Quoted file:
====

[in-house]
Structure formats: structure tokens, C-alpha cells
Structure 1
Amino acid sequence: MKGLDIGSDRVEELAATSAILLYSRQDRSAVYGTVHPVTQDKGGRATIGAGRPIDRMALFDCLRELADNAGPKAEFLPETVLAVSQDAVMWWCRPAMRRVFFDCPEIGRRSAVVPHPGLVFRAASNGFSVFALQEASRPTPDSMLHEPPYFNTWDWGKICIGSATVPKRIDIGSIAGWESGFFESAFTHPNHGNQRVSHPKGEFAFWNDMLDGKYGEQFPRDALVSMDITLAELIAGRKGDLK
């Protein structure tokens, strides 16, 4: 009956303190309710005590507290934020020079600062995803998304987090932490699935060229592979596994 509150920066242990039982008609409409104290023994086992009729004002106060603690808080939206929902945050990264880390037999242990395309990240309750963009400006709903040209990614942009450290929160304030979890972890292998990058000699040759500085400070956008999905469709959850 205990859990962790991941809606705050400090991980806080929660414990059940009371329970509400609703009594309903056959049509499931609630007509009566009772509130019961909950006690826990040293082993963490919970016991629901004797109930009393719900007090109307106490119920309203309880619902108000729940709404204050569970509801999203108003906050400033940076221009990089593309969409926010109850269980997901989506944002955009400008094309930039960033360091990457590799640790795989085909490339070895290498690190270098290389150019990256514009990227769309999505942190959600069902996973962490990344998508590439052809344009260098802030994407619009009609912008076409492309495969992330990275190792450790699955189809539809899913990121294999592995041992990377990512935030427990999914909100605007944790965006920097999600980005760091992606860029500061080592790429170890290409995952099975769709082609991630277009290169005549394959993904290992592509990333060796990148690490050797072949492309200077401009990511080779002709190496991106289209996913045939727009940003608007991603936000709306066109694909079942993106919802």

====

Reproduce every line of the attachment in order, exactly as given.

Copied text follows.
[in-house]
Structure formats: structure tokens, C-alpha cells
Structure 1
Amino acid sequence: MKGLDIGSDRVEELAATSAILLYSRQDRSAVYGTVHPVTQDKGGRATIGAGRPIDRMALFDCLRELADNAGPKAEFLPETVLAVSQDAVMWWCRPAMRRVFFDCPEIGRRSAVVPHPGLVFRAASNGFSVFALQEASRPTPDSMLHEPPYFNTWDWGKICIGSATVPKRIDIGSIAGWESGFFESAFTHPNHGNQRVSHPKGEFAFWNDMLDGKYGEQFPRDALVSMDITLAELIAGRKGDLK
């Protein structure tokens, strides 16, 4: 009956303190309710005590507290934020020079600062995803998304987090932490699935060229592979596994 509150920066242990039982008609409409104290023994086992009729004002106060603690808080939206929902945050990264880390037999242990395309990240309750963009400006709903040209990614942009450290929160304030979890972890292998990058000699040759500085400070956008999905469709959850 205990859990962790991941809606705050400090991980806080929660414990059940009371329970509400609703009594309903056959049509499931609630007509009566009772509130019961909950006690826990040293082993963490919970016991629901004797109930009393719900007090109307106490119920309203309880619902108000729940709404204050569970509801999203108003906050400033940076221009990089593309969409926010109850269980997901989506944002955009400008094309930039960033360091990457590799640790795989085909490339070895290498690190270098290389150019990256514009990227769309999505942190959600069902996973962490990344998508590439052809344009260098802030994407619009009609912008076409492309495969992330990275190792450790699955189809539809899913990121294999592995041992990377990512935030427990999914909100605007944790965006920097999600980005760091992606860029500061080592790429170890290409995952099975769709082609991630277009290169005549394959993904290992592509990333060796990148690490050797072949492309200077401009990511080779002709190496991106289209996913045939727009940003608007991603936000709306066109694909079942993106919802």